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Looking For Cold Saw Blades

projectnut

Stainless
Joined
Mar 4, 2006
Location
Wisconsin
As many of you already know i picked up a Baileigh CS-350EU cold saw earlier this year. The saw is up and running so now it's time to invest in a few blades. I'm looking for a blade to do mild steel flats, rounds and round & square tubing. I'm also looking for one to cut nonferrous materials mainly 6061 aluminum rounds, flats, and tubing. This saw won't be used in a production situation, but rather as needed to cut stock for fabricating repair parts and prototypes. As such I would guess it would be used 5 hours or less per week. Suggestions would be appreciated.

The one currently on the machine is for mild steel and is working well, but I have no idea when it was last sharpened. I'd like to buy a couple new blades and send the current one out for sharpening.
 

memphisjed

Stainless
Joined
Jan 21, 2019
Location
Memphis
The best price we have found is scotchmans sales page. Demo blades come up often enough there. Your blade sharpener likely has a source they recommend. You need 4 blades minimum. 2 at sharpener, 2 in stock. Nothing breaks faster than lonely taps and blades.
Never got blades from them- user triplechip sells blades and has passed knowledge on here.
 

13engines

Hot Rolled
Joined
Jun 30, 2015
Location
Saint Paul
Even though your saw may take a 350mm blade, you want to run the smallest blade you can that will fit the stock size you intend to cut. The big blades won't make as accurate a cut and they are also a lot noisier. I got this straight from the Scotchman rep, and he was right. I have a 2 speed Scotchman and run 315's almost exclusively. It's nice to have the size if you need it, but think small if you can. Besides, I believe the smaller blades are cheaper to buy and re-sharpen.

I find the Scotchman blades to be reasonably priced and their sharpening is reasonable with a fairly quick turnaround. And no... I don't work for them :-)
 

projectnut

Stainless
Joined
Mar 4, 2006
Location
Wisconsin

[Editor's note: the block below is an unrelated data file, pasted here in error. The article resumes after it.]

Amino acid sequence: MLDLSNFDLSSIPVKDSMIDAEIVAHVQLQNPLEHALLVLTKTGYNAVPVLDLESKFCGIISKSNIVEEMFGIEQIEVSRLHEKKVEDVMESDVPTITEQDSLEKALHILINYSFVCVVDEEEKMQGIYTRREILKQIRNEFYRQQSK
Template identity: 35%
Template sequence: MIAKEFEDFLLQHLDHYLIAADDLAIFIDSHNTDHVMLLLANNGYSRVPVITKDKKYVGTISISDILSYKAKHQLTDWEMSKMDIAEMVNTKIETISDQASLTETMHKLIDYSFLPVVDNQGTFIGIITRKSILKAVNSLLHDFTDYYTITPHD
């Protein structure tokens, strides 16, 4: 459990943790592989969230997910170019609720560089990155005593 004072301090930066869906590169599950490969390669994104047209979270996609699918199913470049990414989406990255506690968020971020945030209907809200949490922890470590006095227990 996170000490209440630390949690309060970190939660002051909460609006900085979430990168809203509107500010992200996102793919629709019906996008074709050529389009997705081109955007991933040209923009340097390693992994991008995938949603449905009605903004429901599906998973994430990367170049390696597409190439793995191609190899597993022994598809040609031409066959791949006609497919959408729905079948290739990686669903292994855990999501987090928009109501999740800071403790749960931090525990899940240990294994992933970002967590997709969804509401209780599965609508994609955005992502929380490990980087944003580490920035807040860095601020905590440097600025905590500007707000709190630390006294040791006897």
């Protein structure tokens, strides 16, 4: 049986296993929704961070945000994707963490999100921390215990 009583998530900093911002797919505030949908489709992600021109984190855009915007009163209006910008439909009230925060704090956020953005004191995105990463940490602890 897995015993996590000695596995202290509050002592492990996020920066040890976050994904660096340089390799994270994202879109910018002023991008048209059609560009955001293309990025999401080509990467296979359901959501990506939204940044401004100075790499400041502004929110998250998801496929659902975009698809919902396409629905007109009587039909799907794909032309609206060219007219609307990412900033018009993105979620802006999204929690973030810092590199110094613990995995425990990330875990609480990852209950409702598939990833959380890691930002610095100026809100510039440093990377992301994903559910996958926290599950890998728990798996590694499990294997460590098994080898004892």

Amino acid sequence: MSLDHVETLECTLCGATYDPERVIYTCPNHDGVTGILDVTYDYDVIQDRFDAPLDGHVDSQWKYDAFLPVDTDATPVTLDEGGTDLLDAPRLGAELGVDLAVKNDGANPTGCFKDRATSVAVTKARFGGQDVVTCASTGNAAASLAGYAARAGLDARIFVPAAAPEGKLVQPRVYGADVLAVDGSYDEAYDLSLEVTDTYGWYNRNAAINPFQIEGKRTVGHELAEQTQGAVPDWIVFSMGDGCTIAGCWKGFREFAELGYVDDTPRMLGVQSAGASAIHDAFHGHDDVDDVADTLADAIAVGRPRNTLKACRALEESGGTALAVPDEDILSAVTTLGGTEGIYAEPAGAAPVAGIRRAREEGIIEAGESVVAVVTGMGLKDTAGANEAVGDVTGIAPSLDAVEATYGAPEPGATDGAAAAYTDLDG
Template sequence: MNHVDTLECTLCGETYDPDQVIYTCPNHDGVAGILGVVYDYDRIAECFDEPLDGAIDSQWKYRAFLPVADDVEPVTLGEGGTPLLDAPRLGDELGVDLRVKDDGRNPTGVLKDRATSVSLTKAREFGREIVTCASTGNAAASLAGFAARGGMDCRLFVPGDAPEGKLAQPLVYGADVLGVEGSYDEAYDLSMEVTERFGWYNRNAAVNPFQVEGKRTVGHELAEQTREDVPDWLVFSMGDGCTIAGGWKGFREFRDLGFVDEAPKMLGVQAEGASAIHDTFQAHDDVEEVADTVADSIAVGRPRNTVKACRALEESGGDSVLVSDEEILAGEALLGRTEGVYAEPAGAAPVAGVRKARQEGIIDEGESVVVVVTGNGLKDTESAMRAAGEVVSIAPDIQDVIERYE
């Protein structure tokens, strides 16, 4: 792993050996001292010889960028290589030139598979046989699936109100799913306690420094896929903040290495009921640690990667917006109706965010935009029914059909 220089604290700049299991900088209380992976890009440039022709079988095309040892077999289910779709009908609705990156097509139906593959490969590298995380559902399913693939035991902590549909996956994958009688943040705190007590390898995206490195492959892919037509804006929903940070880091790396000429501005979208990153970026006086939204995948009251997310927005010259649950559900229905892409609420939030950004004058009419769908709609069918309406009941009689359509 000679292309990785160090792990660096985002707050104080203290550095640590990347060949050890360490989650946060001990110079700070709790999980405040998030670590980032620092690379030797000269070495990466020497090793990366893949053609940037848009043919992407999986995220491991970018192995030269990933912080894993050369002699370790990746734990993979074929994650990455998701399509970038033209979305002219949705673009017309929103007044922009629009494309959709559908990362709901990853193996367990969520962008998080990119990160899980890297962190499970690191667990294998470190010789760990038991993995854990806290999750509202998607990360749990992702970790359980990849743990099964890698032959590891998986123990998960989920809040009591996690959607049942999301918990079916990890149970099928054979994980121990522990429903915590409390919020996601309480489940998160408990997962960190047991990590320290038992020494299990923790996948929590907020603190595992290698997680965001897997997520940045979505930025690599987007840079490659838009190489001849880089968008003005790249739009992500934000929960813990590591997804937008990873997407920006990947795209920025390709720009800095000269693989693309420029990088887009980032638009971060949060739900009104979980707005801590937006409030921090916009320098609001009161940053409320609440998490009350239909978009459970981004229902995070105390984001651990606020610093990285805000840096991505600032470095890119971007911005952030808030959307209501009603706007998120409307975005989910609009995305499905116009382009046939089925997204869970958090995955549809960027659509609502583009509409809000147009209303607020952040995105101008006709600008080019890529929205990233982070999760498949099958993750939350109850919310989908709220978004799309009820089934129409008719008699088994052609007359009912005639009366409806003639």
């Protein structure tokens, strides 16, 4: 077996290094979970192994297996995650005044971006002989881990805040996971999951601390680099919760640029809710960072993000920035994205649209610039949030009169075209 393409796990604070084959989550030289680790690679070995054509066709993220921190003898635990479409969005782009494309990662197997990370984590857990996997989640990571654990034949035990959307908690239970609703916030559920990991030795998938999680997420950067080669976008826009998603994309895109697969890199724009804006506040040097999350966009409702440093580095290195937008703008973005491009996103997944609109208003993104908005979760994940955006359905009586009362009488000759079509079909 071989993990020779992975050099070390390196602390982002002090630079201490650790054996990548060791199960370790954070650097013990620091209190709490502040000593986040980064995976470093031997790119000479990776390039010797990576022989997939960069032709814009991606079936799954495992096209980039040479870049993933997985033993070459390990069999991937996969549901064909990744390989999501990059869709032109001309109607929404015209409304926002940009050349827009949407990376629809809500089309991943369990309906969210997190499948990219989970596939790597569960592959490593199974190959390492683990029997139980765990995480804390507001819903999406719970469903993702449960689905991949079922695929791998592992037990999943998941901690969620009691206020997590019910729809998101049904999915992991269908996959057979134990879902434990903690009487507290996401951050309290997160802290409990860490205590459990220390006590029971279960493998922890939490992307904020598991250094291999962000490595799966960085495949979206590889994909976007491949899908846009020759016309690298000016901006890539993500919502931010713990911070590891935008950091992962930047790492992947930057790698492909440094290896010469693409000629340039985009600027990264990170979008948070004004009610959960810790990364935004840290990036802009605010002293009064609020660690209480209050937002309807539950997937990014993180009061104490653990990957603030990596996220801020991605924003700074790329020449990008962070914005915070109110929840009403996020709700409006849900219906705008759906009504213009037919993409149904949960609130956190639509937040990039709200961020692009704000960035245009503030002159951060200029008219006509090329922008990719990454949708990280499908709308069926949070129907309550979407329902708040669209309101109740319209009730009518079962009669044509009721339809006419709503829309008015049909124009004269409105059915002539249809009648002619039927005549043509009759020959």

Even though your saw may take a 350mm blade, you want to run the smallest blade you can that will fit the stock size you intend to cut. The big blades won't make as accurate a cut and they are also a lot noisier. I got this straight from the Scotchman rep, and he was right. I have a 2 speed Scotchman and run 315's almost exclusively. It's nice to have the size if you need it, but think small if you can. Besides, I believe the smaller blades are cheaper to buy and re-sharpen.

I find the Scotchman blades to be reasonably priced and their sharpening is reasonable with a fairly quick turnaround. And no... I don't work for them :-)

Thanks for the tip. This is my first experience with a cold saw. Until now I hadn't even measured the blade on the machine. I just went out to the shop and low and behold the blade on the machine is a 315 mm. When cutting some material, the last few days I thought it was far noisier than either the bandsaw or power hacksaw. It's right up there in volume with the chop saw. Fortunately, the cut is far superior.

I think the 315 mm blades should cover just about anything I plan to cut in the near future. If I run into the need to cut bigger stuff I can always go back to using the bandsaw. The bandsaw has always done a good job. It's a bit slower than the cold saw, but can handle bigger material. Anything that's too big for that saw will have to be done by someone else. I'm getting too old to jockey around stuff that won't fit in that saw.